This book was recommended to me by Esmè, who wrote into my Buffy rewatch podcast, Prophecy Girls. Some of our comments on the show about how strange life at Sunnydale High must be for students who aren’t in the know about Buffy’s life reminded Esmè of The Rest of Us Just Live Here. Indeed, it sounds like a great choice for me: I love “meta” books that deconstruct literary tropes like this…

  14. Book cover for Beneath the Twisted Trees

    Beneath the Twisted Trees

    by Bradley P. Beaulieu

    4 out of 5 stars

    Reviewed

    As promised a scant two weeks ago, I’m back with my review of Beneath the Twisted Trees, book 4 of Bradley P. Beaulieu’s epic The Song of the Shattered Sands series. Things are definitely heating up.

    Çeda is determined to free Sehid-Alaz, the King of the Asirim. Not only would this hopefully free the asirim from bondage to the Kings of Sharakhai, but it is also the right thing to do: Sehid-Alaz is…

  15. Book cover for The Accident Season

    The Accident Season

    by Moïra Fowley-Doyle

    2 out of 5 stars

    Reviewed

    I don’t really know what I just read. The Accident Season is a supernatural YA thriller that purports to have a mystery at the heart of it. Yet the deeper we go into the story, the more that mystery unravels into almost a bait-and-switch. Populated by the barest hints of ghosts, fairies, changelings, and other such spirits, this book tugs at your brain in a pleasing way, but I’m not sure, in the end, it…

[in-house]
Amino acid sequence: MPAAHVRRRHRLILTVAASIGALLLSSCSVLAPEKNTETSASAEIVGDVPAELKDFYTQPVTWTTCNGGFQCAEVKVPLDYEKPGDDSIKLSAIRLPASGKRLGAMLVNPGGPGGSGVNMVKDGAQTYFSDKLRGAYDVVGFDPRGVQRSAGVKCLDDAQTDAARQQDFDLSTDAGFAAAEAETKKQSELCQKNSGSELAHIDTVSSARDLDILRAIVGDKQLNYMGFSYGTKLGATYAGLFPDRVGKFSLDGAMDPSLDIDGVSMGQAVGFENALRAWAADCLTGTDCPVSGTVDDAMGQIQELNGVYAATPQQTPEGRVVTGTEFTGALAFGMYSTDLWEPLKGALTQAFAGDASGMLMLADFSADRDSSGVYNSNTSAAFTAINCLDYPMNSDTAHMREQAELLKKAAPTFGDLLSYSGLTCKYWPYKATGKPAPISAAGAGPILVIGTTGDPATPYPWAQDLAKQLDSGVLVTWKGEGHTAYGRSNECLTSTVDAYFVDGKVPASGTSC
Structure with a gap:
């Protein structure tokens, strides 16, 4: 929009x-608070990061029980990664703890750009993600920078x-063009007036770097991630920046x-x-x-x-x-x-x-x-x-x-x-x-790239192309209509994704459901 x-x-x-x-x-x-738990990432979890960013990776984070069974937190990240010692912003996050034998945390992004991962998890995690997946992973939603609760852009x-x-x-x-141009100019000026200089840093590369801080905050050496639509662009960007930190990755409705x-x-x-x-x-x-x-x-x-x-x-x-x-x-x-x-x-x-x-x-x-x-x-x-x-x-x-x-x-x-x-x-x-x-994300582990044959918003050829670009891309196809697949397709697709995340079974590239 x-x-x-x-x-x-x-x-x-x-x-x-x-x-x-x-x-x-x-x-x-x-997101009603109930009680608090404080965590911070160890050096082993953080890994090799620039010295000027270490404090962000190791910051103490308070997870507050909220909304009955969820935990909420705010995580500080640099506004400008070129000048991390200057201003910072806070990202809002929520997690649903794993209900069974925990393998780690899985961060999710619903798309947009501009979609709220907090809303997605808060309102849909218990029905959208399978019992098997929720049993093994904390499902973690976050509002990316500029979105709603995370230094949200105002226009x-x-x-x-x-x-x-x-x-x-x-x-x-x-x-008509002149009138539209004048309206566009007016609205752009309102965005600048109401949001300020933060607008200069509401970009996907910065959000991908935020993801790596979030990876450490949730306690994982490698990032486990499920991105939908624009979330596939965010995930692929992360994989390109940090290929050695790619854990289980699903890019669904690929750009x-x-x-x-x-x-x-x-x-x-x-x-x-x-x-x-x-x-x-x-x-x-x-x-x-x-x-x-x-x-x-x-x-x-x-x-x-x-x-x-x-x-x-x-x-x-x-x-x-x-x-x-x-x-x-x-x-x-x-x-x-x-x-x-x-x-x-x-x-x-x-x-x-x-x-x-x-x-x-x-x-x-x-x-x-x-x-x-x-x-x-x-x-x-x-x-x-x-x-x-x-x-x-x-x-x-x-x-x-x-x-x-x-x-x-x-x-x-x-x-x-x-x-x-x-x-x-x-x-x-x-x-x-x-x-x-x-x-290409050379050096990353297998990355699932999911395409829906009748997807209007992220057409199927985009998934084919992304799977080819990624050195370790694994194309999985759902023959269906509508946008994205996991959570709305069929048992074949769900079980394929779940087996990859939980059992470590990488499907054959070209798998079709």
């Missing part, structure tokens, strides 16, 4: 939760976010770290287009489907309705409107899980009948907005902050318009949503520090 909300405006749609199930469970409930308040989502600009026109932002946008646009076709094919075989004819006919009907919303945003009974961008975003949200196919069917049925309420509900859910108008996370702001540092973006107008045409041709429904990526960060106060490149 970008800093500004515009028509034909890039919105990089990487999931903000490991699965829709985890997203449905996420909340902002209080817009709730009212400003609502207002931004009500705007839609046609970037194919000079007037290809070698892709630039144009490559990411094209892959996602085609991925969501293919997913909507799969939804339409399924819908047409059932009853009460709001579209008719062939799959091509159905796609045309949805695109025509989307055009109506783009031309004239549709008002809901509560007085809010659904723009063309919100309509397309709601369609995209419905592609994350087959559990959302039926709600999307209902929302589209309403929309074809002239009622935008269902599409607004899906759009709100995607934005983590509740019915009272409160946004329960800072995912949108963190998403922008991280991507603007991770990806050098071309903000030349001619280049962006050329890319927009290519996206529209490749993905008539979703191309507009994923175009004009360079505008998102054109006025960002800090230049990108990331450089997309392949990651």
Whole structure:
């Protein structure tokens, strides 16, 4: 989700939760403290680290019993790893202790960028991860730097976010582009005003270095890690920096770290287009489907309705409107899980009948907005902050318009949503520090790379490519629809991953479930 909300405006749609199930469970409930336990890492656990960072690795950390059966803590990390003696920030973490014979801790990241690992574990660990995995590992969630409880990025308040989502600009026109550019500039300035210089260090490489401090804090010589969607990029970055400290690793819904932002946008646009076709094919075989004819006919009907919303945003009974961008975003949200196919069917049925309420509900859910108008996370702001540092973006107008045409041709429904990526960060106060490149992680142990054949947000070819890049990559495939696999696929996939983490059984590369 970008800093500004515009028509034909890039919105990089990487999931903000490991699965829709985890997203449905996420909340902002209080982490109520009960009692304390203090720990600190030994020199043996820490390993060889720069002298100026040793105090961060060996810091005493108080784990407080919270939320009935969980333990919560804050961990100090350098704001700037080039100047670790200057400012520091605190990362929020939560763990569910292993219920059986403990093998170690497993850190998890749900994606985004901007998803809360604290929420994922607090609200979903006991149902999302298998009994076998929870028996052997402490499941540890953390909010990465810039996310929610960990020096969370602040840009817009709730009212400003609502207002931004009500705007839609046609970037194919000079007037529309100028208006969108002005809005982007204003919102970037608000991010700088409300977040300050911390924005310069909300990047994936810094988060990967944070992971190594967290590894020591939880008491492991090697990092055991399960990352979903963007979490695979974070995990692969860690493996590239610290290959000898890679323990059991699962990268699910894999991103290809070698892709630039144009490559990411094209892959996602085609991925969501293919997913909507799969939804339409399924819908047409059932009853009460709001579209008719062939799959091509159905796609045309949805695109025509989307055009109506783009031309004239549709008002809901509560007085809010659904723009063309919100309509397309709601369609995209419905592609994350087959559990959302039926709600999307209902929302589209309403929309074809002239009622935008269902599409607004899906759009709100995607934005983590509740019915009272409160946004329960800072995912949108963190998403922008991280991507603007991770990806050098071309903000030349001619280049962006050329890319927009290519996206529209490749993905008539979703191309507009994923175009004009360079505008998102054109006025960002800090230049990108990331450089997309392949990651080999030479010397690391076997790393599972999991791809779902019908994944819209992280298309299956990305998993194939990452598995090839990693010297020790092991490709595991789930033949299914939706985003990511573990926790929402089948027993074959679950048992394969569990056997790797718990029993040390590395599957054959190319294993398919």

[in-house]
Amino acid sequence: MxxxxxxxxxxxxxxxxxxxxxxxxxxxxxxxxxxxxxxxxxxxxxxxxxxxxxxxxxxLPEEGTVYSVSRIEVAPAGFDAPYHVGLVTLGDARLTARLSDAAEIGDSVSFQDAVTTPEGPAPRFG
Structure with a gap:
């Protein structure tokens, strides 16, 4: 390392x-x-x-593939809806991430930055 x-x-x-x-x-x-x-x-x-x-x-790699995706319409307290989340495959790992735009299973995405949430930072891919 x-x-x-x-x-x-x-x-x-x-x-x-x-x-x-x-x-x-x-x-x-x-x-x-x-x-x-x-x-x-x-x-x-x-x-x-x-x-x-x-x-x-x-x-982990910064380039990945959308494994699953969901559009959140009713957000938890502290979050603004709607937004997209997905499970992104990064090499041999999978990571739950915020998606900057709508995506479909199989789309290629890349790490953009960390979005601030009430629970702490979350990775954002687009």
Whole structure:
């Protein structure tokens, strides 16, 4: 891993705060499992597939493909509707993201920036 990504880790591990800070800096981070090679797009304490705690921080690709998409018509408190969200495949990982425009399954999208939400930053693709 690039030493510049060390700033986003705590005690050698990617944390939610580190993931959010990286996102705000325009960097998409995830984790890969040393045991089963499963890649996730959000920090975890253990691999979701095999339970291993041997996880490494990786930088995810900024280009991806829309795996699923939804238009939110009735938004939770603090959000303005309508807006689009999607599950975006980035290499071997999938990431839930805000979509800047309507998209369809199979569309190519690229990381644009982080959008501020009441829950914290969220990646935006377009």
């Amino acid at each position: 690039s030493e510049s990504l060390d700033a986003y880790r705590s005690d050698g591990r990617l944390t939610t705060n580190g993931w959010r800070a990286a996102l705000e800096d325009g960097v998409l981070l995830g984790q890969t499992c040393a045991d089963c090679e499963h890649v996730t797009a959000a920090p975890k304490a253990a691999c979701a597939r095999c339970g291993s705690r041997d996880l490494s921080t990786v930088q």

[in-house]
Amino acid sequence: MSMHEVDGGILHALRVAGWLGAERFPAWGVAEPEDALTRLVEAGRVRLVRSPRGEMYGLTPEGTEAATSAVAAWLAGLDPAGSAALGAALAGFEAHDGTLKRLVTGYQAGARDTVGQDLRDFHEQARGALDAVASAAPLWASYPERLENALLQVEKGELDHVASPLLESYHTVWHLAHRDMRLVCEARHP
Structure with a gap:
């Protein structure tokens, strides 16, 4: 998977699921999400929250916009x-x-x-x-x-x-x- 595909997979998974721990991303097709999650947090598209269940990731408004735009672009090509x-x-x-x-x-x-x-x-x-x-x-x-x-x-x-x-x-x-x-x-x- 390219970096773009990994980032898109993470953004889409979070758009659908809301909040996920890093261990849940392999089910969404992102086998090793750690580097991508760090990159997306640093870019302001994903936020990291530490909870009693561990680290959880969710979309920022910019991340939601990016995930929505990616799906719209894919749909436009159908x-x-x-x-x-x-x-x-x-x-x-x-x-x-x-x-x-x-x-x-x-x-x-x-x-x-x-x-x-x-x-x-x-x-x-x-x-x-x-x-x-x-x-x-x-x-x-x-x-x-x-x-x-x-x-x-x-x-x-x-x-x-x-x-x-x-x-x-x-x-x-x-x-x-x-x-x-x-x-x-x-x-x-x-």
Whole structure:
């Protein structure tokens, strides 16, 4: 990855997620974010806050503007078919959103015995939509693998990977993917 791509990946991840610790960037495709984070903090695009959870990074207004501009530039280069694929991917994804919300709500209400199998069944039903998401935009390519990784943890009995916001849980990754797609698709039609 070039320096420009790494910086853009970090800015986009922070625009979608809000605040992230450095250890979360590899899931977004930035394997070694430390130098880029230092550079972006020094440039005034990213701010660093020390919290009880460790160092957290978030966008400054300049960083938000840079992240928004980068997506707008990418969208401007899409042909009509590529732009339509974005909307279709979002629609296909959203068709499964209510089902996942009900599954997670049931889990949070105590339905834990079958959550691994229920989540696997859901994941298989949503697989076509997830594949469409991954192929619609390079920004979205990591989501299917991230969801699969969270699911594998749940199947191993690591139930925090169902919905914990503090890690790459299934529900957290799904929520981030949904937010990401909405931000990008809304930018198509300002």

16. Book cover for A Veil of Spears

    A Veil of Spears

    by Bradley P. Beaulieu

    4 out of 5 stars

    Reviewed

    Seldom have I read consecutive books in a series so closely together, but as I explained in my review of book 2, a misunderstanding of what book I was requesting on NetGalley has necessitated such haste. Now, there are advantages: I remembered everything that had happened in the previous book! Nevertheless, I was concerned that diving into A Veil of Spears so soon after the previous book would leave me feeling bored; worse still,…

  17. Book cover for With Blood Upon the Sand

    With Blood Upon the Sand

    by Bradley P. Beaulieu

    4 out of 5 stars

    Reviewed

    Fun story: Kara requested the latest book in this series on NetGalley, mistakenly thinking it was book 3. Turns out it is book 6 she’s been approved to read, even though she has only read book 1. Oops. Fortunately, my awesome public library had books 2 through 5 available, and I was able to check them all out at once! So for the next month or so, I’m going to be binging this series in…

  18. Book cover for Ruins & Revenge

    Ruins & Revenge

    by Lisa Shearin

    2 out of 5 stars

    Reviewed

    Three years ago I picked up Treasure & Treason, the first half of what should have been one spin-off novel from Lisa Shearin’s Raine Benares series. Finally, I got around to reading Ruins & Revenge, the sequel/conclusion. I find that most of my review from Treasure & Treason stands for this book (not surprising, given that they should have been one book!). Despite long singing the praises of Shearin and her fantasy series,…

  19. Book cover for The Annihilation Score

    The Annihilation Score

    by Charles Stross

    3 out of 5 stars

    Reviewed